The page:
With the utter and definitive sweep that the Detroit Tigers have just finished doing to the New York Yankees, now is as good a time as any to finally post this, which has been in the works in one form or another since Game 3 of the ALDS.
In The Dark Knight Rises, Bane, during one of his beat-downs of Batman, declares this to the Caped Crusader:
Peace has cost you your strength! Victory has defeated you!
In context, it makes sense: a ruse by Batman and Commissioner Gordon had allowed Gotham to, seemingly, become free of the crime and corruption that had been long plaguing the city. But once a true threat emerged once again, the city, and the since-retired Batman, were not prepared to face it, having grown complacent and overconfident over the years. Only after being defeated do Batman and Gordon become the people they must be in order to rid Gotham of Bane’s threat.
The same can be said for the New York Yankees. It was once said that rooting for the Yankees was like rooting for U.S. Steel, but, as Jim Caple noted in his seminal The Devil Wears Pinstripes, even U.S. Steel isn’t what it once was, but the Yankees have kept winning. Now, rooting for the Yankees must be like rooting for Wal-Mart, or, as Michael Rosenberg wrote, Goldman Sachs. There is no question whether they will be successful, the question is only whether they will be successful enough by their standards. “Their standards” are now a zero-sum game: they must win the World Series or their season- no matter what happened in it- will be a failure. They have won so much that they have changed their meaning for winning. They’ve won so much that they have their own definition of winning.
However, this seemingly-driving philosophy of a title or bust has, ironically, led to a complacency amongst both the team and their fans. They have seemingly decided that, since they are the Yankees, they should just be expected to make it to the World Series, as if putting on the pinstripes will cause their opponents to forfeit the regular season and first few rounds of the playoffs. The fans, judging by how many empty seats were present in the playoffs this year, feel the same way. Of course, this also is partly because of the complacency that the Yankees have acquired over the years as they’ve gotten drunk on success: they have become even more corporate, uncaring about the average fan. Once, back at the old stadium, it was a place for the people. Oh, sure, there were plenty of expensive seats that only hedgefund managers, rock stars, actors and politicians could afford, but there were also plenty of places for the common man, whether high up or deep in the bleachers. Then new stadium, however, dropped all pretense: the most expensive seats were literally separated from the rest by a moat of concrete walkways, and the number of upper-deck seats- traditionally the cheapest seats- were decreased.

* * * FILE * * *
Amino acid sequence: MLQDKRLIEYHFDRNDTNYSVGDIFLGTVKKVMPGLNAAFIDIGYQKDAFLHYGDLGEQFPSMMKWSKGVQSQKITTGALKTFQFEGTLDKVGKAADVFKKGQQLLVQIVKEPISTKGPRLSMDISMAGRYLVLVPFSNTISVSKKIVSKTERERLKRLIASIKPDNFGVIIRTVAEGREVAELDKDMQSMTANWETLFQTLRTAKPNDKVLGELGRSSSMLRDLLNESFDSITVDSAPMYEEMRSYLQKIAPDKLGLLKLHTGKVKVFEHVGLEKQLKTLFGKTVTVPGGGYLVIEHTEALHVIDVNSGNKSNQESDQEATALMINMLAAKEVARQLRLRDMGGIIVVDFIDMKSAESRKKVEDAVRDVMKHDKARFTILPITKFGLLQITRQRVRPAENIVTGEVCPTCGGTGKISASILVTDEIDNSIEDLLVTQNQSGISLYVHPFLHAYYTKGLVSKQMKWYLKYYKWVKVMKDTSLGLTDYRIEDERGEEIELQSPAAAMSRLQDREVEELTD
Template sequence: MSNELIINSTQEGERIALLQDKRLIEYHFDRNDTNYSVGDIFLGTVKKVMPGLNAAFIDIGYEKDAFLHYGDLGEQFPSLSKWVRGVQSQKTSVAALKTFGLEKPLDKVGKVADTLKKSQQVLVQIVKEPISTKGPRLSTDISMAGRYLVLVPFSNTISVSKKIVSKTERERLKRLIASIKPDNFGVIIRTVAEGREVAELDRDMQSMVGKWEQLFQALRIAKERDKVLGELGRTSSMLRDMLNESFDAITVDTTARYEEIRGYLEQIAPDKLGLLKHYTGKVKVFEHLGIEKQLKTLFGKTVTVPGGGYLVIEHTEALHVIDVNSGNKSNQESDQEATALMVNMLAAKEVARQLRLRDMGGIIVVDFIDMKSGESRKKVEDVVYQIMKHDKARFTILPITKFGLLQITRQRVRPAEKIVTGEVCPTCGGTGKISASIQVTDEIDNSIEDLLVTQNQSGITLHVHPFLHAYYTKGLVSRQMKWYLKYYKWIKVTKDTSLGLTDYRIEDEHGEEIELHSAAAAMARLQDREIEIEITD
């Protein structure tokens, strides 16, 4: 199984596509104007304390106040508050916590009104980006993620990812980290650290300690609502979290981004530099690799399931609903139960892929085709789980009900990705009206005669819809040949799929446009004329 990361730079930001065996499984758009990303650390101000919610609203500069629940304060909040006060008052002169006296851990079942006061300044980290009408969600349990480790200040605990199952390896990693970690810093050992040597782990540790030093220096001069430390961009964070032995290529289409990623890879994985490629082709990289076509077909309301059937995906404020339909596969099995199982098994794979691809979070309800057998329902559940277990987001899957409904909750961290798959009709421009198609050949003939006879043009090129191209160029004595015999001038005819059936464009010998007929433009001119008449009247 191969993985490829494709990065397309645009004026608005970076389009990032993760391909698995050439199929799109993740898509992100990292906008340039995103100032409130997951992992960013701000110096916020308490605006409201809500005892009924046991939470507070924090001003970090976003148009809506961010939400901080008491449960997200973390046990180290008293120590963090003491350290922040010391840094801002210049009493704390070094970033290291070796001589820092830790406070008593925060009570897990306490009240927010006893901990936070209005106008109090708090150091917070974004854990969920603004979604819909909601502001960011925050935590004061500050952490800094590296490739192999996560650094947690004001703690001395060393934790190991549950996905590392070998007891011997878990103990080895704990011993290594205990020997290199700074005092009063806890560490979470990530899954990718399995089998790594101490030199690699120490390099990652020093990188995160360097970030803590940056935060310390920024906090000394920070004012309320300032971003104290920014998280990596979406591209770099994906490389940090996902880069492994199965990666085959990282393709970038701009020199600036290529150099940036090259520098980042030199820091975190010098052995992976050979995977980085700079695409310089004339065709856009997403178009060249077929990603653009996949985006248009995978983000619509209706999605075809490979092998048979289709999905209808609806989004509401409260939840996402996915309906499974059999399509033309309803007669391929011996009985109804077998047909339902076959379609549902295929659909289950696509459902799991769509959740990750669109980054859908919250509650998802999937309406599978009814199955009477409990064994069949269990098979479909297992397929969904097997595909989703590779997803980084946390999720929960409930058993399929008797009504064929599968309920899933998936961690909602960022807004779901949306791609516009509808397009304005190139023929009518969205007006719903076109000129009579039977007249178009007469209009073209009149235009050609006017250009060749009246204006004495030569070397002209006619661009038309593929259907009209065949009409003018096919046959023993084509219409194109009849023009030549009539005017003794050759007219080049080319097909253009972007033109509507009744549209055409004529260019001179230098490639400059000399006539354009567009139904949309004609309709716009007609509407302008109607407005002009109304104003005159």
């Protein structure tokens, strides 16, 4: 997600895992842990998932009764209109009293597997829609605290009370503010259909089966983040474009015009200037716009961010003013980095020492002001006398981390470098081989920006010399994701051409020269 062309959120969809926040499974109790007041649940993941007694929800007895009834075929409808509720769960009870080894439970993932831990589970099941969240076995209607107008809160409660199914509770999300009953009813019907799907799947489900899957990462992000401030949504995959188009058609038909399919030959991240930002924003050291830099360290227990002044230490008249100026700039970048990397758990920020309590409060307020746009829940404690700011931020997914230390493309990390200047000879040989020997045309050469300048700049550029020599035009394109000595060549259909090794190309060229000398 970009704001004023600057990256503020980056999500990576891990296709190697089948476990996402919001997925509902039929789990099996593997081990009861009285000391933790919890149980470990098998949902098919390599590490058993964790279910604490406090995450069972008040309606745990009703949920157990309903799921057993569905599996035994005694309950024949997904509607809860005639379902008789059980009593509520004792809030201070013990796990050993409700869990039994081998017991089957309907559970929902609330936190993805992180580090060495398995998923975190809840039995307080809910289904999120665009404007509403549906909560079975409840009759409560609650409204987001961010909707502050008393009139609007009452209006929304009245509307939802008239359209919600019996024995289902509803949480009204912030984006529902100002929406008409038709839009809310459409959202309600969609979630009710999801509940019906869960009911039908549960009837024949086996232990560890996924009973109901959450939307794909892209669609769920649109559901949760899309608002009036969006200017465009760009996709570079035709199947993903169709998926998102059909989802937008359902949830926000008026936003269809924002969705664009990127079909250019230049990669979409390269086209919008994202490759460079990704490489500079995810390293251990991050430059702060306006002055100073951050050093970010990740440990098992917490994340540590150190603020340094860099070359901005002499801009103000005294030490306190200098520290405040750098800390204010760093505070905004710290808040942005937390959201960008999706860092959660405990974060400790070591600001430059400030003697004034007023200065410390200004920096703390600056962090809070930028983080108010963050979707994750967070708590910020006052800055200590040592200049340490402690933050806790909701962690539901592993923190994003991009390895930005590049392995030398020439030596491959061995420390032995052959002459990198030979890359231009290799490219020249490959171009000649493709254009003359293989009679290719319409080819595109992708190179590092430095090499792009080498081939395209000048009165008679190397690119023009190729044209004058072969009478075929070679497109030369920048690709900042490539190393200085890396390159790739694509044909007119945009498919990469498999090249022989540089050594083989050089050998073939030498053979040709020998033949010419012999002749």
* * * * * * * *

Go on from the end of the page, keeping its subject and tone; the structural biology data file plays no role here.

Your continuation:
The Yankees, no doubt, figured that their success would mean that people would pay any price for their ticket. They were wrong.
So now, the most successful franchise in baseball (but not sports) must look deep into it’s soul. It has been beaten and embarrassed. But will they rise, or will they continue with their old ways, ignoring the fans and their own history while sacrificing their happiness and soul?
Given the fact that the old ways bring lots of money, I’d doubt it. But, hey, you never know.